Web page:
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General question: The law of total variance is given by $Var(Y)=E[Var(Y|X)]+Var(E[Y|X])$

Question: I know variance is how spread out variables are, but the formula doesn't make sense intuitively, can some one explain from the ground up? Thanks.

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    $\begingroup$ In what sense do you find it making no sense intuitively? It says to me that the variance of $Y$ is a combination of the expected variance conditioned on $X$ and the variance caused by changes in $X$, which is at least plausible. It also seems consistent with saying $Var(aY+b)=a^2\, Var(Y)$ $\endgroup$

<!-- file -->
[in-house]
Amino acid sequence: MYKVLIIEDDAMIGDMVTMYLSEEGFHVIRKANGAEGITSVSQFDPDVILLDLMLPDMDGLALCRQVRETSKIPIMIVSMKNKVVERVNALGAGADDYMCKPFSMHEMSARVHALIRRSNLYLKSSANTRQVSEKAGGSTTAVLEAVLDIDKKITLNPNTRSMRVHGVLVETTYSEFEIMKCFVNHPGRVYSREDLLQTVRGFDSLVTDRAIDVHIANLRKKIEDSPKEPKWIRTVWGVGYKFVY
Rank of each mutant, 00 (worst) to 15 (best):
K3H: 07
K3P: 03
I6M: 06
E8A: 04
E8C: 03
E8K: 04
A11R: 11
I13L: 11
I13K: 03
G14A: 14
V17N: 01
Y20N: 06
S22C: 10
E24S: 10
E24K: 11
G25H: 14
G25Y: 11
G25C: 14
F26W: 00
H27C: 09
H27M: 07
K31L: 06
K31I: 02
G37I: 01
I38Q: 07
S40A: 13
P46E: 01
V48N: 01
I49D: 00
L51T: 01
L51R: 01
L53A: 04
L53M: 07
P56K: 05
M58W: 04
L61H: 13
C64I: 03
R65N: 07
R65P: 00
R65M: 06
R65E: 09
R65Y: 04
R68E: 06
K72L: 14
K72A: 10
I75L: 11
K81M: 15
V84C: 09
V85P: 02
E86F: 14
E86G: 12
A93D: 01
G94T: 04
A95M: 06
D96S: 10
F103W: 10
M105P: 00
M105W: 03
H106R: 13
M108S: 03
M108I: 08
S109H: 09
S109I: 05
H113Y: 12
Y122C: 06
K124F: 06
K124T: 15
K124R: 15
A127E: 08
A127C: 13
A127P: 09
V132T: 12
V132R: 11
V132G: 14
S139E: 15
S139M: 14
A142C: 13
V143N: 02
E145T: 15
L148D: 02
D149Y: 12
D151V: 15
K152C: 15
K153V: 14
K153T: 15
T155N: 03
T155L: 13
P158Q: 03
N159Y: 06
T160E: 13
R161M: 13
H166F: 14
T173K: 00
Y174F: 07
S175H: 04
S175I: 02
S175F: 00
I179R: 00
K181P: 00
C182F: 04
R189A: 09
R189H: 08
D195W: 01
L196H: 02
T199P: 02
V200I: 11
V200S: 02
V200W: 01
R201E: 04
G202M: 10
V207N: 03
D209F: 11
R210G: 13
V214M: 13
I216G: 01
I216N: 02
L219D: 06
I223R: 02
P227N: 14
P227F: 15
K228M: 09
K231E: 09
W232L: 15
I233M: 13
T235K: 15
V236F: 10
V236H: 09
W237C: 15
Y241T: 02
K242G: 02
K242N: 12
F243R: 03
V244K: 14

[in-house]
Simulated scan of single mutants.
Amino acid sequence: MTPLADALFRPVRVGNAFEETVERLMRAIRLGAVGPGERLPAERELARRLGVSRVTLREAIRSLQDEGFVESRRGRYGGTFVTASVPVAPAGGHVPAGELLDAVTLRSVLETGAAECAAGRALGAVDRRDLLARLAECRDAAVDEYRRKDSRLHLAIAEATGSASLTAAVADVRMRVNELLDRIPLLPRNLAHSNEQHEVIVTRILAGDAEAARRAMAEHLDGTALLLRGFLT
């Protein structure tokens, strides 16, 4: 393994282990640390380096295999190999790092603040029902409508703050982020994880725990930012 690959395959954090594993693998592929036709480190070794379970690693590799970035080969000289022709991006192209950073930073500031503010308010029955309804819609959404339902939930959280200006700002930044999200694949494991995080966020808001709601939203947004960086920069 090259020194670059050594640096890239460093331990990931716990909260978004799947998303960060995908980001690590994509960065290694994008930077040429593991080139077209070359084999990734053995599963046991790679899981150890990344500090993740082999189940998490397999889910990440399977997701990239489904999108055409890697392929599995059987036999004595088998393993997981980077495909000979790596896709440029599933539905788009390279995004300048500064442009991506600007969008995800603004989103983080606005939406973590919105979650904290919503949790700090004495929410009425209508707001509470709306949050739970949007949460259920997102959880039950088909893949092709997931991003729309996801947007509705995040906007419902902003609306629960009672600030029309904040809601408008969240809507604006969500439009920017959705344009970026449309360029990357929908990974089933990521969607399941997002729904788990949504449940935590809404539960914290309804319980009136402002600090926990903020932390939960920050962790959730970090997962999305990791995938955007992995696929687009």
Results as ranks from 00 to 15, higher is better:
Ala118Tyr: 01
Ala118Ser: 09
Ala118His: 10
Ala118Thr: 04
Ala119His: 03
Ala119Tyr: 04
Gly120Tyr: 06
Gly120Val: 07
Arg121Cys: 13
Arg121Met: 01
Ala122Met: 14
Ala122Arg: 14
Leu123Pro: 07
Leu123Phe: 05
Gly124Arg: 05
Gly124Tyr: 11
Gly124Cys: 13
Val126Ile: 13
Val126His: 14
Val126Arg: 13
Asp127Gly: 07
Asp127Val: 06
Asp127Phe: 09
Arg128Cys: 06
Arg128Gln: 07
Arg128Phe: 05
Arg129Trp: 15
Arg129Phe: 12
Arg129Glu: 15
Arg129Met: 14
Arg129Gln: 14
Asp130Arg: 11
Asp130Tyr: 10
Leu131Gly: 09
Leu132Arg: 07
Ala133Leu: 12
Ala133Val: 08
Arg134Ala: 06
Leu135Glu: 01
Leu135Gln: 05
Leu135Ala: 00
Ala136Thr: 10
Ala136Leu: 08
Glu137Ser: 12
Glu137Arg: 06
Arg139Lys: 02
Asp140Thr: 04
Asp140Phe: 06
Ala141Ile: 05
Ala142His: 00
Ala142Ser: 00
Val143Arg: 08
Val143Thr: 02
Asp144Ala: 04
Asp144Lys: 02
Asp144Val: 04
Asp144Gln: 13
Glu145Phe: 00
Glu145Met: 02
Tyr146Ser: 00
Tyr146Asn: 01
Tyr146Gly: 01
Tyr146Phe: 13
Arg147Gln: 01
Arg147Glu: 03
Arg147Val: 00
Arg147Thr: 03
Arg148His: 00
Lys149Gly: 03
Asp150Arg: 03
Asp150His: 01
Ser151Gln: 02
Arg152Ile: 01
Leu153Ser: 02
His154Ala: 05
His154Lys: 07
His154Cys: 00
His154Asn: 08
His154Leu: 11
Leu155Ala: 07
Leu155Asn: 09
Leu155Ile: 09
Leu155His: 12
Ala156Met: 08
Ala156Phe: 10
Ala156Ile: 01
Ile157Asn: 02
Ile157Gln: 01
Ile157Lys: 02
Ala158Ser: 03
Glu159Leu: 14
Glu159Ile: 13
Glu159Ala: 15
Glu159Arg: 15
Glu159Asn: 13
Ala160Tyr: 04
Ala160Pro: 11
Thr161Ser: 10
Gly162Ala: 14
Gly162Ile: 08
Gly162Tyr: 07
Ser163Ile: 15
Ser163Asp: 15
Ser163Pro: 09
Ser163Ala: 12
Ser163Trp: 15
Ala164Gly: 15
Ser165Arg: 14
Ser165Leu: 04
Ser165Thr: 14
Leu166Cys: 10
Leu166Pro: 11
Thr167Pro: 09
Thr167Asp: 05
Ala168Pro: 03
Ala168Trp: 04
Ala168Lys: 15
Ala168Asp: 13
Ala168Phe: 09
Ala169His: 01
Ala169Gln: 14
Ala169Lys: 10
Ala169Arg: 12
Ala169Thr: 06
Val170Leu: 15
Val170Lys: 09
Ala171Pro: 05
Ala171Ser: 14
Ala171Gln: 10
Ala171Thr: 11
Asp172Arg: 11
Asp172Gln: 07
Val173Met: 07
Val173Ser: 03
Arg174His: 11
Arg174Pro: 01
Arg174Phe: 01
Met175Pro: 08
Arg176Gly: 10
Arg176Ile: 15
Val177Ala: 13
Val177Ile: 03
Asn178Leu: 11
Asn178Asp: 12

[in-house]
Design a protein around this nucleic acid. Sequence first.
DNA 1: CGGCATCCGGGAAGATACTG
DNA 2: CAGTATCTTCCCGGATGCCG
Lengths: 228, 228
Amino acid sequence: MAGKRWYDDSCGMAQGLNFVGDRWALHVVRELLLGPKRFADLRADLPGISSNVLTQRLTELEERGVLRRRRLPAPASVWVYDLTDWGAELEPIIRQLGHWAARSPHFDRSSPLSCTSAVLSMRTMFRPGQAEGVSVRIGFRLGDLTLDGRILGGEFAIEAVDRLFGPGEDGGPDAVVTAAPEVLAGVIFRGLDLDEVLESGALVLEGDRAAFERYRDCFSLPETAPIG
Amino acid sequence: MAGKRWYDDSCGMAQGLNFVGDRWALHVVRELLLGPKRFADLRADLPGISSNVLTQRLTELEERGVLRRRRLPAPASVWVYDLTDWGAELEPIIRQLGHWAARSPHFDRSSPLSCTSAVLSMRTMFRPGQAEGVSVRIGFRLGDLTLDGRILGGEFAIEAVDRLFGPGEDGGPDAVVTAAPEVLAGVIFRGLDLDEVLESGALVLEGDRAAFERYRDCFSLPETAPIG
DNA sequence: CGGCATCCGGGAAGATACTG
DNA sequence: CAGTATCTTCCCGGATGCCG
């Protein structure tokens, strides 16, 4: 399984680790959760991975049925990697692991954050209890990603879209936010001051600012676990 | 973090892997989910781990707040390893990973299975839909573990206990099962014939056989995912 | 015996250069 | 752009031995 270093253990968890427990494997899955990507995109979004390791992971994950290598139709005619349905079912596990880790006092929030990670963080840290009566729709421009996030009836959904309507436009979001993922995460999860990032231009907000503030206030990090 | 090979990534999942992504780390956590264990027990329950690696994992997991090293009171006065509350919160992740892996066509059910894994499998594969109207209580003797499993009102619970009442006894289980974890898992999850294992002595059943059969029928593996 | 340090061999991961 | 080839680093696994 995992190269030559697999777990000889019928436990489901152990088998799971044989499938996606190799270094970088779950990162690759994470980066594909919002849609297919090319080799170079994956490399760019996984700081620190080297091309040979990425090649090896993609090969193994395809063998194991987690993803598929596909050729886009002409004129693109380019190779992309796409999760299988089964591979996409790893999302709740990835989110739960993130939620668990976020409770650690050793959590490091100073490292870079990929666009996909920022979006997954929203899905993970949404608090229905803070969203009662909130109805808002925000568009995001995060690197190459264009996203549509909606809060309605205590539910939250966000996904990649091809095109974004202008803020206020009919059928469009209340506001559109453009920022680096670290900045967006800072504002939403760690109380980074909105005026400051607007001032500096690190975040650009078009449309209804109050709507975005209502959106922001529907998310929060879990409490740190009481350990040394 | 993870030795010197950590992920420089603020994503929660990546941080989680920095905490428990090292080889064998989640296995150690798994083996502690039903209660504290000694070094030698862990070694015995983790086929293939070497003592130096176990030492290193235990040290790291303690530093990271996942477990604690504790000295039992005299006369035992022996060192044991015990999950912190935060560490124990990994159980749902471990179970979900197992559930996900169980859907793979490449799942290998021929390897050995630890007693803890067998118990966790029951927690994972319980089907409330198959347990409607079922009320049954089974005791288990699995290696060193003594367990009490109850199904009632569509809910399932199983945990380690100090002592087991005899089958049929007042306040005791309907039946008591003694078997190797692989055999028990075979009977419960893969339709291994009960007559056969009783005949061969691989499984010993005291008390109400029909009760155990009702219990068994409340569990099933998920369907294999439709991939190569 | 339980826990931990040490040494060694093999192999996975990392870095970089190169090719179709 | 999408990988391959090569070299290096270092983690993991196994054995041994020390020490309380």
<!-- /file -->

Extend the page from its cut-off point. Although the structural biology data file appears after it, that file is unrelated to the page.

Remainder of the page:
– Henry
    Mar 1 '20 at 23:36
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    $\begingroup$ For me, it's best understood by considering the case $Y = Z + X$ for independent $Z,X$. Then $$E[\text{Var}(Y|X)] = E[\text{Var}(Z)] = \text{Var}(Z) \\ \text{Var}(E[Y|X]) = \text{Var}(E[Z] + X) = \text{Var}(X)$$ which matches with the known $\text{Var}(Z+X) = \text{Var}(Z) + \text{Var}(X)$ $\endgroup$ Mar 1 '20 at 23:36
  • $\begingroup$ Thanks for the explanation, and I found this link helpful to mine own question: math.stackexchange.com/questions/1742578/… $\endgroup$
    – neveryield
    Mar 1 '20 at 23:46

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